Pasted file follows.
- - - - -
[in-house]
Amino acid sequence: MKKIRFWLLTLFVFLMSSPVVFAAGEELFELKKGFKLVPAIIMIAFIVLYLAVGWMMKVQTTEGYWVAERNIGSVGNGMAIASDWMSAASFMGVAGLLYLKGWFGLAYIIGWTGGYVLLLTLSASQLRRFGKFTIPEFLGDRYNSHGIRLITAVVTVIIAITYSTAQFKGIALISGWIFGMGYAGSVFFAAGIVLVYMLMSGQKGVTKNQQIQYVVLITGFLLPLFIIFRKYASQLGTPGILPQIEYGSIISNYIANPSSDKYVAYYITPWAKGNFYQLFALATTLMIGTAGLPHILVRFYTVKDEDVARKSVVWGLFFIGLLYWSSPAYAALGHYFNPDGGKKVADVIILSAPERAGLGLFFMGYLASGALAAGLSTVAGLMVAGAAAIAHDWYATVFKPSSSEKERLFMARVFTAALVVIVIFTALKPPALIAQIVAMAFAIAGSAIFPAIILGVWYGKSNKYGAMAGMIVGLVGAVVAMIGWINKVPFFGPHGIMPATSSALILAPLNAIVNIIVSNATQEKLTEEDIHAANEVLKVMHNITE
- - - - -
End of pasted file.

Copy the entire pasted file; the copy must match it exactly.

[in-house]
Amino acid sequence: MKKIRFWLLTLFVFLMSSPVVFAAGEELFELKKGFKLVPAIIMIAFIVLYLAVGWMMKVQTTEGYWVAERNIGSVGNGMAIASDWMSAASFMGVAGLLYLKGWFGLAYIIGWTGGYVLLLTLSASQLRRFGKFTIPEFLGDRYNSHGIRLITAVVTVIIAITYSTAQFKGIALISGWIFGMGYAGSVFFAAGIVLVYMLMSGQKGVTKNQQIQYVVLITGFLLPLFIIFRKYASQLGTPGILPQIEYGSIISNYIANPSSDKYVAYYITPWAKGNFYQLFALATTLMIGTAGLPHILVRFYTVKDEDVARKSVVWGLFFIGLLYWSSPAYAALGHYFNPDGGKKVADVIILSAPERAGLGLFFMGYLASGALAAGLSTVAGLMVAGAAAIAHDWYATVFKPSSSEKERLFMARVFTAALVVIVIFTALKPPALIAQIVAMAFAIAGSAIFPAIILGVWYGKSNKYGAMAGMIVGLVGAVVAMIGWINKVPFFGPHGIMPATSSALILAPLNAIVNIIVSNATQEKLTEEDIHAANEVLKVMHNITE